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In which a demo-note is likely finalised; the level-five upper-puzzle sees much work; a new mechanic is added for the level-five upper-puzzle; and a plot-relevant inventory item is added.

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Greetings and salutations!

This week's screenshot shows the note intended to be shown in place of level three in the new demo:

Screenshot from 2020 08 15 13 34

Perhaps the primary work of the week just past was in the upper puzzle of level five, with a small miscellany of other things done besides:

As shown above, the note shown in place of level three was updated in the week just past: touch-ups were made to the text, a bit of logic added, and a border placed to either side. I think that this is more or less done now, barring further touch-ups!

But, as mentioned above, the main work of the week just past was likely that which was done towards the upper-level puzzle in level five.

Some of this was fairly uninteresting: the writing of various responses for historical events discovered in the puzzle; adjustments to the position and orientation that is the end-point of the initial cutscene-mode skim through the documents; adding of a few clues to the level's clue-page to give direction here; assignment of year-ranges to each section of bookshelf; and possibly a few other things besides.


Perhaps more interesting is the structure of the puzzle itself.

I believe that I've mentioned before that I've had some uncertainty regarding this puzzle: how might I make a search through date-sorted histories engaging?

As of last week's blog-post, I had taken a simple approach, as I recall: each shelf was divided into four sections, and the player was tasked with examining a given section, determining whether the revealed information--if any--lay before the target section or after, and then moving to a new section as appropriate.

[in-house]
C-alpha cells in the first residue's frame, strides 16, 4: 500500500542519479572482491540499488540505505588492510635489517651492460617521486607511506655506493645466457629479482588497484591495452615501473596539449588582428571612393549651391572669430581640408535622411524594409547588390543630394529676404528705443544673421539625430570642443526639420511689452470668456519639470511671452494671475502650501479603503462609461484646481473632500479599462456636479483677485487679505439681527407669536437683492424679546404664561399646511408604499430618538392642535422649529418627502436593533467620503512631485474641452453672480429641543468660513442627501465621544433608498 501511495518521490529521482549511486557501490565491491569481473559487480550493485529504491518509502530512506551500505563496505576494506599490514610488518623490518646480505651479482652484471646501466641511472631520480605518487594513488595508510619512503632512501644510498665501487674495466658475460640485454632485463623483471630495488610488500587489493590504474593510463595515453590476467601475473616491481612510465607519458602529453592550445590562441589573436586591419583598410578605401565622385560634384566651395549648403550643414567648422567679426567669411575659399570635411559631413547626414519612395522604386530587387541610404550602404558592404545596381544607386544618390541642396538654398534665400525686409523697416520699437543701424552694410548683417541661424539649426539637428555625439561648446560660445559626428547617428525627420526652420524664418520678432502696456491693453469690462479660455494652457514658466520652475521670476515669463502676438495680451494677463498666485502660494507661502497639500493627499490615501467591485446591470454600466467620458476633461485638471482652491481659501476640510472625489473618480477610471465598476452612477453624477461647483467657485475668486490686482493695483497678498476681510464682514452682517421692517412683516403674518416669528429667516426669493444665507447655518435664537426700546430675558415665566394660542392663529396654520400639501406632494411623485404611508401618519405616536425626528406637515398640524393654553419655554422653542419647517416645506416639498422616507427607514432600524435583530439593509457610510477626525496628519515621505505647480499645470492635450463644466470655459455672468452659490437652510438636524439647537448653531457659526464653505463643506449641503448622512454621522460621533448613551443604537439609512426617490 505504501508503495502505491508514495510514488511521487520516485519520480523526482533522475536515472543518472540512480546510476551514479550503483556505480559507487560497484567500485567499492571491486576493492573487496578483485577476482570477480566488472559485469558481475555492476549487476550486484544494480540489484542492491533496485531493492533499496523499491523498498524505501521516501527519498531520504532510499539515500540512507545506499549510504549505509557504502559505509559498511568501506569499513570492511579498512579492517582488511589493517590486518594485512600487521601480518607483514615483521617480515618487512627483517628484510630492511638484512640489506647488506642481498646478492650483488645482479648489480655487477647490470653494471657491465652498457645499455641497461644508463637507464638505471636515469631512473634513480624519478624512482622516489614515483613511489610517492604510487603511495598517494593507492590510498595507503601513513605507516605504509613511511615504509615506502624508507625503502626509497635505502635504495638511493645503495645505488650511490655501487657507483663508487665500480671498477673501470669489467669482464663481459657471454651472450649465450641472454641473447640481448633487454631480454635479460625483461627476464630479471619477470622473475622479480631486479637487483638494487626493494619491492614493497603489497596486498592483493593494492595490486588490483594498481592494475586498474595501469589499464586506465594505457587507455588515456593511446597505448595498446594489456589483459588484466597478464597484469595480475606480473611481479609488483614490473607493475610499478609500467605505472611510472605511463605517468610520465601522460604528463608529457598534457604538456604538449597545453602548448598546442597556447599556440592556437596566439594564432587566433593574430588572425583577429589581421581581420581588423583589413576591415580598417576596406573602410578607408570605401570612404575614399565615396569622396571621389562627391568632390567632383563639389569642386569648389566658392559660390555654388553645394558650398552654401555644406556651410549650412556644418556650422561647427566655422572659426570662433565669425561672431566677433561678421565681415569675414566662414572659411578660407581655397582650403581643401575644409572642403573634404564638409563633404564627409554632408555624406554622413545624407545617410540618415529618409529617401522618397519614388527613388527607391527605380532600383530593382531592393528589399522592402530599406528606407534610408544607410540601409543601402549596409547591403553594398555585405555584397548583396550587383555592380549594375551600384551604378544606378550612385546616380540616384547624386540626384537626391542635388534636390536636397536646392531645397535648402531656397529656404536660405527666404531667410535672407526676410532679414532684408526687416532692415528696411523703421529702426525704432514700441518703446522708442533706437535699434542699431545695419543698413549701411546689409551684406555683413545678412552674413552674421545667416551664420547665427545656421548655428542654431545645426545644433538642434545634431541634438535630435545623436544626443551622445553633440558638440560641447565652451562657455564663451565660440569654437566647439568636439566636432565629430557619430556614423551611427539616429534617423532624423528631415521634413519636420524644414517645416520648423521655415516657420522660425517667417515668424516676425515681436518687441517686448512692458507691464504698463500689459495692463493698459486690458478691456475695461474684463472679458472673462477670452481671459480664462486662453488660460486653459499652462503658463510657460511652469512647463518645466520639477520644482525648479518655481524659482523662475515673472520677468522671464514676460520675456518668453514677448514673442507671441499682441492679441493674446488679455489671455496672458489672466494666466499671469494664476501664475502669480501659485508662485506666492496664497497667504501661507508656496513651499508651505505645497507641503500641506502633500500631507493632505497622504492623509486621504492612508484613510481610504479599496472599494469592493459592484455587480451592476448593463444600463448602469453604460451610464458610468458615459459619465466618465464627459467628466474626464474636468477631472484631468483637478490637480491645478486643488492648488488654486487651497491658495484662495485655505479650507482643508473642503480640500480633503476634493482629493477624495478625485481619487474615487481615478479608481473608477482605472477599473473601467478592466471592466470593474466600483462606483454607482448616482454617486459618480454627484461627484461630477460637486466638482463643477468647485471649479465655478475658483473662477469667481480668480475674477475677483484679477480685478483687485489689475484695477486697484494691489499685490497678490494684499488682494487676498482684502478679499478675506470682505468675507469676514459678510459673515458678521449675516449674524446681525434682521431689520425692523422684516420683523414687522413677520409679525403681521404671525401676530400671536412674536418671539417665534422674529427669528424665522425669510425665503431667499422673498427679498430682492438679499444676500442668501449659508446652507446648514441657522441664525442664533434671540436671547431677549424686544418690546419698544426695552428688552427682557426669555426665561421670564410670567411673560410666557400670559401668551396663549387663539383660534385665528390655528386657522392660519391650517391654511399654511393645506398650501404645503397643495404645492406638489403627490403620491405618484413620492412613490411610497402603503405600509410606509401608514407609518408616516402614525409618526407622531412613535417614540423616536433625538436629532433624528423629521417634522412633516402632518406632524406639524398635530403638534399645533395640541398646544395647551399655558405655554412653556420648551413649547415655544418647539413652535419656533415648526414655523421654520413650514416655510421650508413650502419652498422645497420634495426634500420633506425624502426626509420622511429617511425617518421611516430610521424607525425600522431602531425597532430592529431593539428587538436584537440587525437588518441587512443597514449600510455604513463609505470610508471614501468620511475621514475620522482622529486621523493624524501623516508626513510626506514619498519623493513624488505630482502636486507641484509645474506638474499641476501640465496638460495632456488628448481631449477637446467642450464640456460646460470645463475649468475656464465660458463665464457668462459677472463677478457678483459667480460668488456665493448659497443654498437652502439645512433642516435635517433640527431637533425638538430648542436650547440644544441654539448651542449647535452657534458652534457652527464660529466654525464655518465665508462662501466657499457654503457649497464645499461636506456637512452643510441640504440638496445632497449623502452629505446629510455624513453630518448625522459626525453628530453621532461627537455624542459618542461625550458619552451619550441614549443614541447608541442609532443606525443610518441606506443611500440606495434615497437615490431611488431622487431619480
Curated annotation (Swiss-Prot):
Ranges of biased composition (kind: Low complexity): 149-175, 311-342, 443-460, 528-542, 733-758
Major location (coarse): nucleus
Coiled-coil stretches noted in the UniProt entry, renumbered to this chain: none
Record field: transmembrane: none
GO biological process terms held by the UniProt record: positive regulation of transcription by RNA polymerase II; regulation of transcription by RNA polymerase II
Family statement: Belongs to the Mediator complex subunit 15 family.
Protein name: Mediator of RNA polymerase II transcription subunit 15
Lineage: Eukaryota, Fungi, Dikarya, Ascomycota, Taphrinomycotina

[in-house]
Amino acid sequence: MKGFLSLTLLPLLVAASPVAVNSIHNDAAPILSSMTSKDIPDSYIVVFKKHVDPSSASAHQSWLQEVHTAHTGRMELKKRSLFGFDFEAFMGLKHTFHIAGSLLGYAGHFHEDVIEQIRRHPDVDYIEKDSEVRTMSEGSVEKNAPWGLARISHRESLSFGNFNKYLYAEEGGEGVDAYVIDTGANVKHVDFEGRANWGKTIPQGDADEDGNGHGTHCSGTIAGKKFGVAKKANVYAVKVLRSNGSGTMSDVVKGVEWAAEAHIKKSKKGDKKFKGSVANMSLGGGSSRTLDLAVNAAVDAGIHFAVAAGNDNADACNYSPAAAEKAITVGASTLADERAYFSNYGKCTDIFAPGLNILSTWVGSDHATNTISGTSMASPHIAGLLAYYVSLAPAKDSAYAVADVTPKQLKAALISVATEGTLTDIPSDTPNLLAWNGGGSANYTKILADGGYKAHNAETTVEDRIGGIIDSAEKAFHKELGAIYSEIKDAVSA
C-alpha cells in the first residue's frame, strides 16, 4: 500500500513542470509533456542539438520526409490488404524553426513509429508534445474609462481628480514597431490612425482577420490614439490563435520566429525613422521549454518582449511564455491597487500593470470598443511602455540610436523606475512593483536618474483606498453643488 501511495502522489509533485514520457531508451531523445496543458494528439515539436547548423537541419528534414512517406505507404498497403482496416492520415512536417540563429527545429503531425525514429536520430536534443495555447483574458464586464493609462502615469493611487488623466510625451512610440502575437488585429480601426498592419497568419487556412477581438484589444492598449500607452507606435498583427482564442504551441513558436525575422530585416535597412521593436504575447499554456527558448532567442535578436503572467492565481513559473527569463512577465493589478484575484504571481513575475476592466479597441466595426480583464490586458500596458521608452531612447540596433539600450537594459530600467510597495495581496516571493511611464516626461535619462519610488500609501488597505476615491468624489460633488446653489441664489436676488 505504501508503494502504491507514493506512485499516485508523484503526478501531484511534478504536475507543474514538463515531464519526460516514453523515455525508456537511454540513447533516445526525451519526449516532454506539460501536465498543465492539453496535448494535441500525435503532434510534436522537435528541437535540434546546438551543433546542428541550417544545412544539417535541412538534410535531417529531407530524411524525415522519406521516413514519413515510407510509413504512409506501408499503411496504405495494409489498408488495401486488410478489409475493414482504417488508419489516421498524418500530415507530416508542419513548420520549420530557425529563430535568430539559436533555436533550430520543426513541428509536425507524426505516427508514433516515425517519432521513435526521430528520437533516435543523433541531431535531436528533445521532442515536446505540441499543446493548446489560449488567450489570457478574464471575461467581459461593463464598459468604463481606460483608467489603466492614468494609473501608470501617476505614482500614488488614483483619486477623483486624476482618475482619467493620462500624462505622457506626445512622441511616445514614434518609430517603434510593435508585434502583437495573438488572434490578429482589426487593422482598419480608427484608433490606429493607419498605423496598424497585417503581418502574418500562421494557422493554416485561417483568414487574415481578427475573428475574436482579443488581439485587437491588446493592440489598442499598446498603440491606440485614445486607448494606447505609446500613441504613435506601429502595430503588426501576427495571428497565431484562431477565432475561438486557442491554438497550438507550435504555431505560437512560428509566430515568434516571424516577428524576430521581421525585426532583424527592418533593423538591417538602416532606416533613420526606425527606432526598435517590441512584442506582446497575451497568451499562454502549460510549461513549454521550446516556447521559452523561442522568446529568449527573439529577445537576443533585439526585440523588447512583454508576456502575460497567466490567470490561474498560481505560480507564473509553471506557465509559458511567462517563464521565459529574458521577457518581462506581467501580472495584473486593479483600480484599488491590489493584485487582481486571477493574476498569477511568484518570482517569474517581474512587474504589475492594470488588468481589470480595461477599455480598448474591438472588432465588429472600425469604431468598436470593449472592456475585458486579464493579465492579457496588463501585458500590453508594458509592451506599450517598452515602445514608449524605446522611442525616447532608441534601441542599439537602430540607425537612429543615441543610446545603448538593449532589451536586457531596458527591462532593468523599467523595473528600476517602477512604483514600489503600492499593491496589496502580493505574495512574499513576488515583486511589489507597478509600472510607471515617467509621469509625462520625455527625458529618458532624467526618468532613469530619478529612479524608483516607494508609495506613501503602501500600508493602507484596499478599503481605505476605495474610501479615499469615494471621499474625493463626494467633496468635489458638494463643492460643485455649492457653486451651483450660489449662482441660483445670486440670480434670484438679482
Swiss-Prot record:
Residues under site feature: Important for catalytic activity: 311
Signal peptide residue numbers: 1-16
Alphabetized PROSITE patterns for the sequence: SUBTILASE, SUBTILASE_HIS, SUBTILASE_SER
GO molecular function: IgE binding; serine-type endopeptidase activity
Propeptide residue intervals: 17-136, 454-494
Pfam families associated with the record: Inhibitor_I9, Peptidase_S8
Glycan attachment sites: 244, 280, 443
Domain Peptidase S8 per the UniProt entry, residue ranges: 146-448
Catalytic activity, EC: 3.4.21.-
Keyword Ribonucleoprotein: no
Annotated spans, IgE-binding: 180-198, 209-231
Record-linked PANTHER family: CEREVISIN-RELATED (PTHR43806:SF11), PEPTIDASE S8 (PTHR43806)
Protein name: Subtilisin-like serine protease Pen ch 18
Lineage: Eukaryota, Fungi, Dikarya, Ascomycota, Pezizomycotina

That basic premise remains, but in the week just past I realised that by itself it was just too easy to brute-force. There were, after all, only sixty-eight sections (I think that it was), leaving few enough that simply going from one end to the other wasn't overly troublesome.

At first I tried to deal with this via a simple fade-to-black, held for a few seconds, with the sounds of page-searching overlaid. This did slow things down... but still not enough, I feared. And furthermore, it wasn't terribly interesting.

I did have another idea--but I wasn't sure that it fit the game in tone. In addition, using it meant adding a new minigame-puzzle, not only late in development, but somewhat late in the experience of the game, too. Was this wise...?

But I wasn't happy with the fade-to-black, and the minigame might at least give the player something to do, and so I implemented it.

In short, this minigame presents the player with a page of miscellaneous words, and asks the player to select the one word relevant to the search. Do so correctly, and a useful response is given; otherwise, a response indicating that nothing was found is given.

There is a catch, however: there's no guarantee that a given section, and thus its associated puzzle, will contain such a relevant word: some sections just don't hold anything of interest.

It's a simple mechanic, but I'm hoping that it will engage players a bit more in the search than just clicking on sections might, and slow them down enough to disincentivise brute-forcing.

Right now the words have vertical offsets to baffle the eye a little, making it harder to skim over the lines; I'm not yet confident of keeping this.

Furthermore, I currently have it in mind to add an accessibility mode that reduces the number of words and spaces them out further.

Screenshot from 2020 08 15 13 32

In the week just past I also added the inventory item that's gained at the end of this level: a date torn from a history-record, associated with an important event in the timeline of the city Ketel/Catol. I don't intend to show that here, however, as it's a bit of a spoiler for the upper-level puzzle!

And finally, a few other things were done that don't seem worth detailing here!

That then is all for this week--stay well, and thank you for reading! ^_^

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